I'm a pretty fluent English speaker, but this has been bothering me for a long time... It all started when I saw people, for example, saying Mars' atmosphere, according to my knowledge, the only time you have an apostrophe without an "s" is when said word is plural, so in this case it would be Mars's or not Mars'. Am I correct? (I'm using the word Mars merely as an example, this applies to other singular words that ends with an "s" as well.)

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    I'm asking which one is correct, while that question was asking WHEN? The first part of the question you stated was not answered, as the answerer provided only dates. – kabahaly Jan 25 '14 at 1:22
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    Voting to close. This question is answered by any adequate punctuation guide. – Pitarou Jan 25 '14 at 3:21
  • @kabahaly: I think "correct" is a meaningless concept in this context. Choose your style guide, or make your own decision. Or go with the majority usage - full details of which are provided by the runaway top answer to the question you've rejected. – FumbleFingers Jan 25 '14 at 4:54
  • Perhaps this answer upvoted 55 times will prove to be more helpful to the OP. It was reading such clearly explained answers such as this one by JSBձոգչ that helped improve my understanding of "grammar rules". – Mari-Lou A Jan 25 '14 at 6:39
  • @Pitarou When is something 'adequate'? Until you check a second source and find that it contradicts what you thought was a closed Q.? :) – Kris Jan 25 '14 at 6:45

Most style books say that either would be technically correct, but some, such as the Chicago Manual of Style, would prefer Mars's in this case since the second s is usually pronounced. Phonetically, you would say "Marzez atmosphere", rather than "Marz atmosphere".

Ultimately, it is a style choice, and if you googled Mars's moons/atmosphere or Bruno Mars's debut album, you'd see that people have gone both ways on the subject. It's probably easiest just to avoid the possessive and say the "atmosphere of Mars".

  • I think that because Mars is the name of an ancient mythological god, it would follow the same tradition as Jesus', Moses' and Aeneas'. (I agree with you about the spoken possessive.) – anongoodnurse Jan 25 '14 at 1:52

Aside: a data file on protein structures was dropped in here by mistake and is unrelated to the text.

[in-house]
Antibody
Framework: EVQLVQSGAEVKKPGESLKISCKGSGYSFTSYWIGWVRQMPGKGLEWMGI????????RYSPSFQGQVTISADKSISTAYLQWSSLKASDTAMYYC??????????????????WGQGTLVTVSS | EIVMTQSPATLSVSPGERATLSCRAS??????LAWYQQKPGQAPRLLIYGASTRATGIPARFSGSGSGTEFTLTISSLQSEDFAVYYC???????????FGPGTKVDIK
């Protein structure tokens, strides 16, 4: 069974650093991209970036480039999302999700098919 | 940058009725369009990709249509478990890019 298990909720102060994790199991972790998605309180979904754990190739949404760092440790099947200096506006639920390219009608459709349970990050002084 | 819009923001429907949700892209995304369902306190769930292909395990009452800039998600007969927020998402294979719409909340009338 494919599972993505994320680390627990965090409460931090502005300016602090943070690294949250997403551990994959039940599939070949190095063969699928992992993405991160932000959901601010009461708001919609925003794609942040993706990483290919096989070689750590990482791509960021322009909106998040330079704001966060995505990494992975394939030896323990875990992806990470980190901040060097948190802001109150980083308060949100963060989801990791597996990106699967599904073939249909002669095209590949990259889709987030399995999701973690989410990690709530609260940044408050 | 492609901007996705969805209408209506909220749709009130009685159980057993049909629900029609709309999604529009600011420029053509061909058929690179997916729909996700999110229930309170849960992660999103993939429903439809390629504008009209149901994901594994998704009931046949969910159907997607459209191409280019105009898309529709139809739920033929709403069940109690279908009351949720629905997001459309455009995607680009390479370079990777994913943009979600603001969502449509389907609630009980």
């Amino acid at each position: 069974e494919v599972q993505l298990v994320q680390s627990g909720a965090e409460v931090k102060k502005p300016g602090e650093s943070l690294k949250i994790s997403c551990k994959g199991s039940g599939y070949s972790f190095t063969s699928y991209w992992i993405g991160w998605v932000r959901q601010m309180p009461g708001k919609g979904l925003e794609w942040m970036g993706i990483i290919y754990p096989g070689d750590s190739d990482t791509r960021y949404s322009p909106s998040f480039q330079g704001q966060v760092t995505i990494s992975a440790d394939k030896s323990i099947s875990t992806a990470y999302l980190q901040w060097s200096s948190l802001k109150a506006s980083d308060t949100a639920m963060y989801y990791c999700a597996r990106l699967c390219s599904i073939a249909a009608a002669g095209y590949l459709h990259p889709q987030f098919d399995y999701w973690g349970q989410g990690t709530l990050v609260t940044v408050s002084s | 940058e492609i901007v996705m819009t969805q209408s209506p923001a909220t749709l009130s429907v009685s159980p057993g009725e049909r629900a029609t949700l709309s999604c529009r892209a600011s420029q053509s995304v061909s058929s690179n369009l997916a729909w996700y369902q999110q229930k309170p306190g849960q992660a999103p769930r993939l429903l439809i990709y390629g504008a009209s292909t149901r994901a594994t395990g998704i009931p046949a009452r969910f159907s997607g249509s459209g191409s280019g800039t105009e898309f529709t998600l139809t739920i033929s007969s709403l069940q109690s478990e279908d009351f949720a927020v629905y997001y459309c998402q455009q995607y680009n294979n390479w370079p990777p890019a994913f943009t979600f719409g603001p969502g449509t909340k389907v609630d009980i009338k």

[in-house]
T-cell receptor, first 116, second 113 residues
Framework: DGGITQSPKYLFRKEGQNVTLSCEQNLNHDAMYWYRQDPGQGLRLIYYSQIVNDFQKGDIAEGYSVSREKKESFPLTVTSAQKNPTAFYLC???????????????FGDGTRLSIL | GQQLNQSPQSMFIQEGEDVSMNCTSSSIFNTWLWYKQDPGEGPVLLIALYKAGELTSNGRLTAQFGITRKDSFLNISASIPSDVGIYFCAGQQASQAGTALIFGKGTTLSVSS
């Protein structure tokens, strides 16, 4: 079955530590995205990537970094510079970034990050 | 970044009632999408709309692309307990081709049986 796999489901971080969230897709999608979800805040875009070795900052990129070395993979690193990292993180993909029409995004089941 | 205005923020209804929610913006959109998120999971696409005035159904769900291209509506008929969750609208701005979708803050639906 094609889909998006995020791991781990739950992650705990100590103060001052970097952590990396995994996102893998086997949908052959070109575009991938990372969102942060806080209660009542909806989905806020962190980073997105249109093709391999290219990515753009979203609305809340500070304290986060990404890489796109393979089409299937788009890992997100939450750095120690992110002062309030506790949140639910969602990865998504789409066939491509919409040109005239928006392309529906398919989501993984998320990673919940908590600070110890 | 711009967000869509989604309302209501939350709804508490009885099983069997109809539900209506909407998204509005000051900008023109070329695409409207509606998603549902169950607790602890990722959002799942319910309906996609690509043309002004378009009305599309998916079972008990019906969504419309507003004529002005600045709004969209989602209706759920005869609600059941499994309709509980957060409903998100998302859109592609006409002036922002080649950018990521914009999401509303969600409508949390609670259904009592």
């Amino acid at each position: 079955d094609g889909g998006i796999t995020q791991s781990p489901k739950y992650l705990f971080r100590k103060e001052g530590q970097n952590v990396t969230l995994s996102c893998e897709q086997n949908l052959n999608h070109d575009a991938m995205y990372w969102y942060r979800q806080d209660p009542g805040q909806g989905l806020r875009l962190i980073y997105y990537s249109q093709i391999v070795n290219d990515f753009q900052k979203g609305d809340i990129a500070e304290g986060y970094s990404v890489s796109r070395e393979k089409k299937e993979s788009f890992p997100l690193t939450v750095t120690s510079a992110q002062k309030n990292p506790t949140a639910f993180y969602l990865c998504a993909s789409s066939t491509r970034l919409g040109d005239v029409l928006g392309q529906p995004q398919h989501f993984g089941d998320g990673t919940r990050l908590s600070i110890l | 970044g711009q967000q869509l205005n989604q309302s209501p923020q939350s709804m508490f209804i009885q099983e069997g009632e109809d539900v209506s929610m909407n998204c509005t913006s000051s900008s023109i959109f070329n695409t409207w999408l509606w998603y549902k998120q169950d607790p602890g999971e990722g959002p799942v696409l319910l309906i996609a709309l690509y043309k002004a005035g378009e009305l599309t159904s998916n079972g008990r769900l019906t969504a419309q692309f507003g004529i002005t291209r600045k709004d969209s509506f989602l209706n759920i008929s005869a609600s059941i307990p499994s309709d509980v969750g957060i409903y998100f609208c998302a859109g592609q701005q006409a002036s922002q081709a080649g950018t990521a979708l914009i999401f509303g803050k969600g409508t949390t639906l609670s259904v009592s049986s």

• I'm aware that there are some biblical exceptions, but I'm not sure that they apply to all gods. The manual of Scientific Style does have a specific rule that if a proper name ends in an 'eez' sound, such as Achilles, Ares, or Hercules, then it would take just an apostrophe. That would cover quite a few of the ancient gods and heroes. The test would be whether it is Zeus's or Zeus'. I wonder what Dr. Seuss's view is. – Mike Jan 25 '14 at 2:04
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    All that matters is how it is is said: speech is primary, not writing. When you know how it is said, you will know how it should be spelt. And Mike, you have it right. The supposed thing about old biblical names is a complete misunderstanding, and wrong. There are NO EXCEPTIONS to the rule: if you pronounce an extra “iz” sound, you must write an apostrophe s, and if do not, you do not. For goodness’ sake, what could be easier? :) – tchrist Jan 25 '14 at 3:20
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    There's a recent post that asks if in fact, any (inanimate) object's anything is grammatical at all, or should it always use the of form instead. english.stackexchange.com/q/147922/14666 – Kris Jan 25 '14 at 6:49

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